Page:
It’s March, and we’re right in the guts of the winter semester. The workload is getting heavy, midterms are here and due dates that once seemed so roomy are fast approaching. Thinking about the end of the semester is a sweet salve, a cold compress. Anxious students, lay your head on your desk and consider a vacation.
A grey winter in Victoria makes a lazy poolside vacation pretty appealing.
After five months of rain, the idea of lying in the sun for a week or two (with an all-inclusive bar) is heavenly. And after finals, the idea of accomplishing absolutely nothing except a base tan for summer is pretty dreamy, too. Travel agencies will have package deals with flights and accommodation, which is great for people who don’t want to stress about planning and booking. If you want to shop around, use websites like Kayak.com to compare flight costs, but book directly with the airline to save extra fees.
If springtime incites wanderlust in you, plan a backpacking trip. These can be done on the cheap, and you can go almost anywhere. The warmer months are perfect for trips where you’ll be doing lots of exploring on foot. But beware: the adventure of backpacking often gets romanticized. Sorting out transportation and accommodation can be a hassle, and days spent in transit can be less than pleasant. If you don’t like the stress of things not going as planned, keep the number of stops on your list short. Websites like hostelbookers.com and hostels.com are great for comparing accommodation costs and reviews. Even if you want to keep your schedule flexible and not book in advance, it’s nice to know which places are cheap, nearby and have room available.
Our B.C. backyard is awesome. A camping trip may not sound foreign and exotic, but it’s pretty hard to beat this province in the summer. Pick a few lakes and plan a road trip on the mainland, or maybe tour a Gulf Island or two. Not only do you save the time and money of an international flight, you also speak the language and don’t have to worry about losing your passport.
If you’re feeling up for a greater commitment, consider volunteering with a non-governmental organization (NGO) or aid organization. There are tons of opportunities to go overseas and help out in underdeveloped countries. It’s good for your karma and for your resumé. Plus, fundraising efforts can cut down on costs. UVic is home to three chapters of Global Brigades, the world’s largest student-led global health and sustainable development organization. The Water, Public Health and Medical Brigades work to deliver beneficial programs to communities in Honduras. Plus, World Water Day is on March 22, a great time to think about getting involved and bringing water to those without it.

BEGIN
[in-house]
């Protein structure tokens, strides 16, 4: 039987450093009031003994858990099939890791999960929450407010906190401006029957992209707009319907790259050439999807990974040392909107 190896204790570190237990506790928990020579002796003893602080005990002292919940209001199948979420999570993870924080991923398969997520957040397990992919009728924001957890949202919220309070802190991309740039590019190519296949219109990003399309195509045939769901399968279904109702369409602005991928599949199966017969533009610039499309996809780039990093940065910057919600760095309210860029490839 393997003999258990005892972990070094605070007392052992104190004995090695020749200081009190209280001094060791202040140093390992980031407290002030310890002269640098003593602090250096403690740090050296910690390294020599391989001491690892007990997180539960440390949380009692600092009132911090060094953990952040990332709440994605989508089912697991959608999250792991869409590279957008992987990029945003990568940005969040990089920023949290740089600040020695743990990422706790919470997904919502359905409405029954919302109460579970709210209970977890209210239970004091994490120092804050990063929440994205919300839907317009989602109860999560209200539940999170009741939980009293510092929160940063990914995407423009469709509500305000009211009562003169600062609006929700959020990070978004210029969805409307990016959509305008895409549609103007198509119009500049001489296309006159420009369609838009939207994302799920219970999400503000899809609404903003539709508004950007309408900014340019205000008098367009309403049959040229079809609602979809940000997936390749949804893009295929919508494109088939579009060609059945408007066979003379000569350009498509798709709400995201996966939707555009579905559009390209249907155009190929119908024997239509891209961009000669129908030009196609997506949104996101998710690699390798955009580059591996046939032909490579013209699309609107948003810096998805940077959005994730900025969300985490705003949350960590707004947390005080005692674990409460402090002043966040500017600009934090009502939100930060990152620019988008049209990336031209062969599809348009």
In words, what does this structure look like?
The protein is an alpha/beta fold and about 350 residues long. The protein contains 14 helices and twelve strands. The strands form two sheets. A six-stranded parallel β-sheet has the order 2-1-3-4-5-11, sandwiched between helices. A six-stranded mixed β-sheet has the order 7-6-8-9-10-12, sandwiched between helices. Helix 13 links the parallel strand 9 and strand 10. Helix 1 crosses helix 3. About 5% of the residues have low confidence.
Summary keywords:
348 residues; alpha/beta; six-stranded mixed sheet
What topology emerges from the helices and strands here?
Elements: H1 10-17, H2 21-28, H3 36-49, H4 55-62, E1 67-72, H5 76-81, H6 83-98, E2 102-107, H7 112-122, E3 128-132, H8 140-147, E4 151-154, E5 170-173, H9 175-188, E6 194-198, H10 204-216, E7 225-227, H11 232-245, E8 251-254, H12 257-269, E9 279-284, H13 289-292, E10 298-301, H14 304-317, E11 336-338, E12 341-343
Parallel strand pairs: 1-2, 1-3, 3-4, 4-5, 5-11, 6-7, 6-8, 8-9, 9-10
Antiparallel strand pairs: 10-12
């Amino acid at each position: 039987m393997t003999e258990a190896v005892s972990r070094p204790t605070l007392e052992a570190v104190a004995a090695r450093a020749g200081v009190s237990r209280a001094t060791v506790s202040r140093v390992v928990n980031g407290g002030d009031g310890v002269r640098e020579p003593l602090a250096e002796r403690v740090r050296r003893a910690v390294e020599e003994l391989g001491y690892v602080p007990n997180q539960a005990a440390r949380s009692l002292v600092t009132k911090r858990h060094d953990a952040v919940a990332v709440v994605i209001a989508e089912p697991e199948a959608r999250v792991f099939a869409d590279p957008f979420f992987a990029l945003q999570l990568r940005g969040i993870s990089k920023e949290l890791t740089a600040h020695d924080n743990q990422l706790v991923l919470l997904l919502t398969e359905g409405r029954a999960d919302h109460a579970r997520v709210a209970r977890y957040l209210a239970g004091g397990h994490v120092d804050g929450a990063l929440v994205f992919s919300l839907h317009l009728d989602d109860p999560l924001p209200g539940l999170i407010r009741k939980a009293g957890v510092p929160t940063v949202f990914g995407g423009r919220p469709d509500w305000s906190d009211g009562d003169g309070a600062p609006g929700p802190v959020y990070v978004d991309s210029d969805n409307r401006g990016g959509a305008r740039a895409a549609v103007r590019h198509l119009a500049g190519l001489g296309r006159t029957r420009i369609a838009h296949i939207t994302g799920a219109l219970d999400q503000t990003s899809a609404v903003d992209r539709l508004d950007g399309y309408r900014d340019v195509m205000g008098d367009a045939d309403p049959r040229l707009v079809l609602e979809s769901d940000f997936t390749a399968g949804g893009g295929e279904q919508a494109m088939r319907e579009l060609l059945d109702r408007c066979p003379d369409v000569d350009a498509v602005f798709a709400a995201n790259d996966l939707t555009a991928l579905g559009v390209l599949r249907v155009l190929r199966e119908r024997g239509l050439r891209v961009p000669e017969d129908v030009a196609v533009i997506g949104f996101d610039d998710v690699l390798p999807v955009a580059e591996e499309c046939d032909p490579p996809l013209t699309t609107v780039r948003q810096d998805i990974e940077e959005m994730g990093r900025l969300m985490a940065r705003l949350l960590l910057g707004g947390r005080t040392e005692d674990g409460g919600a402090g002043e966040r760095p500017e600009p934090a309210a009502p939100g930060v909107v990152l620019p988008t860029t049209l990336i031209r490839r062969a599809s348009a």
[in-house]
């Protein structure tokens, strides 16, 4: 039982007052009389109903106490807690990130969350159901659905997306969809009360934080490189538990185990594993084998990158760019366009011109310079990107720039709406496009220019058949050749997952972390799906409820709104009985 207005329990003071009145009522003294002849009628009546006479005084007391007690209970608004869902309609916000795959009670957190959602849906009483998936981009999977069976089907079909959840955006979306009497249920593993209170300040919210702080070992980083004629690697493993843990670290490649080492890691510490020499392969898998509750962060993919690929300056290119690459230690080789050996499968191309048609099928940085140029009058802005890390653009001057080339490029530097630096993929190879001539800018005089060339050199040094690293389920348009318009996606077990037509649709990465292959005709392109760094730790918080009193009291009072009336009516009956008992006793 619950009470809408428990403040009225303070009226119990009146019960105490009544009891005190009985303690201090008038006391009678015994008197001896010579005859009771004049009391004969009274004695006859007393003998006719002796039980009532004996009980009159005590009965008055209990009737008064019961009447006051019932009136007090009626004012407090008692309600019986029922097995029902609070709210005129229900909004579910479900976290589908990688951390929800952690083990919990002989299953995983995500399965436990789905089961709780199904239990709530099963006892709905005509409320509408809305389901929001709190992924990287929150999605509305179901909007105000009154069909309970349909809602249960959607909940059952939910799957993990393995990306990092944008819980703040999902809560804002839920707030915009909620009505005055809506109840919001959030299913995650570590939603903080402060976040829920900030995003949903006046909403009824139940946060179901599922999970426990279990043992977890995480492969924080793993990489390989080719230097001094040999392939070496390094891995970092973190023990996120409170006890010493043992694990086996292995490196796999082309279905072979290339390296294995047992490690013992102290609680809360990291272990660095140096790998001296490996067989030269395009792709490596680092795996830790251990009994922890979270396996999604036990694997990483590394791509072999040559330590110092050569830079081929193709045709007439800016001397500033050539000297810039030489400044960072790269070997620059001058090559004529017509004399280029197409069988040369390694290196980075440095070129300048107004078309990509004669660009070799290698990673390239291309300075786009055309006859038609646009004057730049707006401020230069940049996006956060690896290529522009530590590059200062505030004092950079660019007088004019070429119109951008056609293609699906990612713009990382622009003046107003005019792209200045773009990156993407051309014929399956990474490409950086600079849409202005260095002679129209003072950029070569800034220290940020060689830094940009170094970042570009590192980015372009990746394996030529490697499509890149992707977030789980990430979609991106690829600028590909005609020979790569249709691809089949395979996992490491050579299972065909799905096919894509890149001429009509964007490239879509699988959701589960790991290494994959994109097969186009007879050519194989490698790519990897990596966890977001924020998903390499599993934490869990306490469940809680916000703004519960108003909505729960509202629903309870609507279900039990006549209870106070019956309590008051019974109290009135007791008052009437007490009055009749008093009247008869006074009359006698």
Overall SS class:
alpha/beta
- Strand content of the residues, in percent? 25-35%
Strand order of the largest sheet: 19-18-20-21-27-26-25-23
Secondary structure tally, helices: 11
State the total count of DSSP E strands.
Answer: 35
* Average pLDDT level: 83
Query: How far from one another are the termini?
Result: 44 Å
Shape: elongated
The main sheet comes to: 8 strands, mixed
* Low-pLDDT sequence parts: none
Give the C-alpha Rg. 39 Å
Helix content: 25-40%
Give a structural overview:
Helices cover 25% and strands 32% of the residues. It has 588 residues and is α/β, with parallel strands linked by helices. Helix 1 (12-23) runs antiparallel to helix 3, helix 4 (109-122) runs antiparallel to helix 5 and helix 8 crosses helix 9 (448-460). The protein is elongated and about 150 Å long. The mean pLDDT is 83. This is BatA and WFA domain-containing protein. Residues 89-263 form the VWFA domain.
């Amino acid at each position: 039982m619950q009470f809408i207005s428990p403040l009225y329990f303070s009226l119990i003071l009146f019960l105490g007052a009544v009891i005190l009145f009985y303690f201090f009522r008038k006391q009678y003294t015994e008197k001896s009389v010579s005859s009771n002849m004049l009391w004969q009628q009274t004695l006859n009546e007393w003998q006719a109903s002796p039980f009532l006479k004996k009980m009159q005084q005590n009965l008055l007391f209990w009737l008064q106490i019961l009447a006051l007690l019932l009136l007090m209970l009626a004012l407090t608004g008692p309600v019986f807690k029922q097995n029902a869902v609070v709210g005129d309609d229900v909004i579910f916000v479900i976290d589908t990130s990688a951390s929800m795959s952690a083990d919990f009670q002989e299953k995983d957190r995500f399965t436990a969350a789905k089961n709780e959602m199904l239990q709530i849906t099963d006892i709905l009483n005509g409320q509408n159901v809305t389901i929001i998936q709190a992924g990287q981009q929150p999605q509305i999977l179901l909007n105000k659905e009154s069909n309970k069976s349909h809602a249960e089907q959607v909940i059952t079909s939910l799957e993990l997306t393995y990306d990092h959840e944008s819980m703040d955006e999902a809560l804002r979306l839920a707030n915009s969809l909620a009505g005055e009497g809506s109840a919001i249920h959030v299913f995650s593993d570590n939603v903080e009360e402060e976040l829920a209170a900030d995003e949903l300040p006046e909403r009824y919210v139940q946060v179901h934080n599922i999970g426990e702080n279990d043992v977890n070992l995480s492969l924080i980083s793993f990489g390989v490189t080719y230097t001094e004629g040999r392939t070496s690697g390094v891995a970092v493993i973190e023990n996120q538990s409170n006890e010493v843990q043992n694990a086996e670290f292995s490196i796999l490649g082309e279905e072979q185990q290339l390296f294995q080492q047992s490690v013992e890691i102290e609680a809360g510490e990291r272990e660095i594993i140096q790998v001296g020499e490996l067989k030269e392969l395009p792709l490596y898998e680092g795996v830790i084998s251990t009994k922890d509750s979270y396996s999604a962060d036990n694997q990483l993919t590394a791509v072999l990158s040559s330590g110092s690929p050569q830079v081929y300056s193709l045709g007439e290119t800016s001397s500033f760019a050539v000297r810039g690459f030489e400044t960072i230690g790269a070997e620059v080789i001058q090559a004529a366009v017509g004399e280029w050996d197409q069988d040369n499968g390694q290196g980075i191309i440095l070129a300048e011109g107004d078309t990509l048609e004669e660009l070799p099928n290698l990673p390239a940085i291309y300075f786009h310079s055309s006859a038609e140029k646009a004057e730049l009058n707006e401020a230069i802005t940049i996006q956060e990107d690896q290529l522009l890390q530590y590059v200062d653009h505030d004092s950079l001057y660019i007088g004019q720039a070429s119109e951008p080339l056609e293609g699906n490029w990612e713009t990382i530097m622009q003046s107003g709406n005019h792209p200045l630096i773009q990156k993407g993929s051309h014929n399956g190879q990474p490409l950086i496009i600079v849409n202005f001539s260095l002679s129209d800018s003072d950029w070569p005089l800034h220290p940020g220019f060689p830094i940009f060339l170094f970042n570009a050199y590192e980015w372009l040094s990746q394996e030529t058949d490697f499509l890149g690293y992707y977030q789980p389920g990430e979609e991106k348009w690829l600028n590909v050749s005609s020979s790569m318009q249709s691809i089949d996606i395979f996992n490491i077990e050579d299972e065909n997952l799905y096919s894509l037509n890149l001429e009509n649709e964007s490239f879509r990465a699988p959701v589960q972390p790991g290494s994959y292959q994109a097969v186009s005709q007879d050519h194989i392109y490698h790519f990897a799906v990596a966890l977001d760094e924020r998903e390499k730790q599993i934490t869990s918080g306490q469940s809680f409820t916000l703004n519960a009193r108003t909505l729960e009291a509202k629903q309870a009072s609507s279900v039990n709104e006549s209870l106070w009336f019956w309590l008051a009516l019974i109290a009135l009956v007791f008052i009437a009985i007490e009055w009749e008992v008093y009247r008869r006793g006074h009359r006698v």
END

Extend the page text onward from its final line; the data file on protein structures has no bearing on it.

You could also work all summer and apply for a semester abroad. Or go on a tour. Or go on one of those two-week meditation retreats in the forest.
We travel during our gap years, go away for reading break and spend semesters studying abroad. It seems like everyone is going somewhere and doing something, and people love to talk about their own travels. This is when you encounter the Travel Snob.
The Travel Snob is someone who has always done something that sounds better or cooler than what you’re going to do. If you’re going somewhere for a few days, they went somewhere better for a week. If you’re going to backpack somewhere for a month, they worked there for six. They spent a year in a picturesque hillside town in Sicily, learning the language and how to cook elaborate three-course meals, and it was perfect the whole time.
The Travel Snob can make you doubt everything about your vacation; make it seem uninteresting or unoriginal. But travelling is not a competition about who can have the most “authentic” experience, or stay the longest, or do the most. It’s about having fun, and we all have very different definitions of that. Don’t expect it to be perfect. Don’t plan a trip with the intention of finding yourself or changing your entire outlook on life. If you know you’ll have a ball drinking Piña Coladas and doing water aerobics in Cancun, rest assured you will be able to tell the Travel Snob that you had the time of your life, and who can compete with that?